The practice of stillness…

In the daily practice of stillness we learn not to rely on ourselves, on our thoughts and on our feelings, but instead to rest in the darkness – and perhaps in the apparently complete emptiness – of the magnanimity of the Holy Spirit who gently opens us out into that greater generosity. Its fruit is simply love. It is our personal response to the mystery of God, made known to us in the person of Jesus Christ, for our maturing into full personhood…

The practice of stillness is letting go. In relinquishing our desire to think, we are refraining from imposing meaning. This means that we can be more open to the way things actually are… A moment when we turn over in our hands a stone just picked up represents the state of preliminary receptiveness which is so important if we are to cultivate the deeper intuitive knowing of spiritual truths. Wonder is the necessary check to the tendency for reductionism which characterises both religious and secular forms of knowledge…

…letting go means allowing ourselves to be vulnerable to realities which may shape us, and it will perhaps open us to the chaos we fear so much… Finally, this requires us to face our fear that death will be the extinction of the self. That requires the ultimate act of trust and Christian faith. However unwilling we may be to ‘go gentle into that dark night’, faith is to surrender ourselves even now into that which, then, we shall be unable to control. Faith is the letting go into an unknown which will be a birthing more awe-full and more fully life-giving than our first ejection from the womb into the light of day.

Andrew Norman, Learn to Be at Peace: The Practice of Stillness

It seems quite hard sometimes, writing a blog such as this, to find the right tone. I never set out to write one of those confessional blogs, full of day-to-day details of my emotional life and my intimate relationships. But this isn’t a technical blog either, constrained to facts, and opinions about facts. Sometimes I can’t write about the interior life without mentioning aspects of my own life that would be simpler not mentioned at all.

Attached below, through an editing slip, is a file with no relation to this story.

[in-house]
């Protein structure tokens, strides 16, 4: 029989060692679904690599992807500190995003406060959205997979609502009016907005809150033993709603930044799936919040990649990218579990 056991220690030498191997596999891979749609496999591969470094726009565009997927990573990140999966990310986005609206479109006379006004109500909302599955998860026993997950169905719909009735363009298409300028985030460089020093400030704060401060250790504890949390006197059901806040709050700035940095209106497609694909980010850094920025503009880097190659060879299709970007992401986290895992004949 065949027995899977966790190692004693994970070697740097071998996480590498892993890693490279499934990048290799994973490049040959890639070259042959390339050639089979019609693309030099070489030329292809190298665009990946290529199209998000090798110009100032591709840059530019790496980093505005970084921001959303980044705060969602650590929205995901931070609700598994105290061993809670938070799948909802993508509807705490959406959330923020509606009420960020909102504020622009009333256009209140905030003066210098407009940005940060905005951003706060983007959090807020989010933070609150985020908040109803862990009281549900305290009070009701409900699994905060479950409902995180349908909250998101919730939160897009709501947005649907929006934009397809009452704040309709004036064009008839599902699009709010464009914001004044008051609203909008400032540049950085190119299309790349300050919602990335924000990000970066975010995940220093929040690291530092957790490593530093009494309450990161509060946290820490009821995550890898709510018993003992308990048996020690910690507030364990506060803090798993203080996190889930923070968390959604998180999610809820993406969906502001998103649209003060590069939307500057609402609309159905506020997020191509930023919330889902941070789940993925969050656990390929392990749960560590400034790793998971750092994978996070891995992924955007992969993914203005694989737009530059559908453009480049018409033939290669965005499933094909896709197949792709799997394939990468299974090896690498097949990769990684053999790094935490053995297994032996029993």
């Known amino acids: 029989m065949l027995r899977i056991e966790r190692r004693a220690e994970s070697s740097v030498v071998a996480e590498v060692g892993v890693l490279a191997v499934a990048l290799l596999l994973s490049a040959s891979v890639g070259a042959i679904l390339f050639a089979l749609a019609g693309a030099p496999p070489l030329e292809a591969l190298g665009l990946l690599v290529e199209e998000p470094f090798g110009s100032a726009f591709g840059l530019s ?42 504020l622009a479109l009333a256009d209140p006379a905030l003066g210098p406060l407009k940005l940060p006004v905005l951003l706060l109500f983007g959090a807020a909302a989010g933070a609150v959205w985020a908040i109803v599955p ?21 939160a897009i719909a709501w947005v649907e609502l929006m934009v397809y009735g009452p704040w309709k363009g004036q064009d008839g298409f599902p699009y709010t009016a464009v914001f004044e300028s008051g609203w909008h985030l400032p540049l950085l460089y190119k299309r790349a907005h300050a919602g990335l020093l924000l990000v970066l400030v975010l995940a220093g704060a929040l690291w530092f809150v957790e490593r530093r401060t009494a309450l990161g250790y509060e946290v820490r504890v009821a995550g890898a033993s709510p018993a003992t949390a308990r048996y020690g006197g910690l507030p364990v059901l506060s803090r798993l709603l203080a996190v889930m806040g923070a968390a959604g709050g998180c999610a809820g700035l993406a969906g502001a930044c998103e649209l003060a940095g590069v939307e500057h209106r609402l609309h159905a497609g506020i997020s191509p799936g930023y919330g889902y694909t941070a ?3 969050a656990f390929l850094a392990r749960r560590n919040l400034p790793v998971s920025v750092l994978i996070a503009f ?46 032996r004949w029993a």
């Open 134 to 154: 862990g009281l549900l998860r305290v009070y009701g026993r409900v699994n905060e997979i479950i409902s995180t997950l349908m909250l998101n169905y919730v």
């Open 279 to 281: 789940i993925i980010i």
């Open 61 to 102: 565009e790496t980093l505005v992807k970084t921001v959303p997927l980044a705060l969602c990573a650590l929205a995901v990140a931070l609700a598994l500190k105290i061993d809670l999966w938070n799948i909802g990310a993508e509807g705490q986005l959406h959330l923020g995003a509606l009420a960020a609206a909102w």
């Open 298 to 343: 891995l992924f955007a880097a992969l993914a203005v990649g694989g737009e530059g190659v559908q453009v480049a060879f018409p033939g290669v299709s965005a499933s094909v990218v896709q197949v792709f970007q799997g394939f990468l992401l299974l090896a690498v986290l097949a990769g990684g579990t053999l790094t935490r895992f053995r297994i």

Recently I suffered a minor heart attack, and while medically it was – for someone living, in the 21st century, just across the road from a major hospital – no big deal, it was a disconcerting experience, and one which raised more questions than it appeared to answer. I found, in common with many patients such as myself, that the immediate aftermath of the episode was a strange flat depression, which made it all but impossible to write, or indeed to want to write. It was made somehow more obscure by that fact that, since I am already on the waiting list for an interventional procedure to treat the underlying problem, I found myself in a kind of a medical limbo. I needed to be careful not to make matters worse, and so, while I was relatively restricted in my normal activities, I hadn’t really anything definite to do.

Now that I have a date, next month, for the procedure, I seem to be able to look back over events, trying perhaps to make some kind of sense of the experience itself. As I’ve written elsewhere, I’ve encountered my own mortality before, and I have found that frailty is only one side of the coin. Reality is not what it seems. That in each of us which is love itself is beyond all the dimensions of time and matter, beyond the reach of thought. Bur it is precisely in this being beyond the reach of thought, even of conscious experience, that hope lies hidden. Unknowing extends beyond a few minutes of sitting quietly. It, itself no thing, underlies all things. It is the unseen source of all that is, and the surest refuge.

Here in Advent all we can do comes down to waiting. Darkness is heavy over the land, and tonight the fog is coming down. Through the bare trees beyond this lighted window the little distances are closing in. What we cannot see, what we have not heard, waits under the dark as it has always done. The dark has not overcome it. In the love that is its light is the seed of Christ, who comes in the shadow of the womb’s pulse long days before birth. Isaac Penington knew this:

Give over thine own willing, give over thy own running, give over thine own desiring to know or be anything and sink down to the seed which God sows in the heart, and let that grow in thee and be in thee and breathe in thee and act in thee; and thou shalt find by sweet experience that the Lord knows that and loves and owns that, and will lead it to the inheritance of Life, which is its portion.

Quaker faith & practice 26.70

Another kind of peace: reading Quaker faith & practice Ch. 24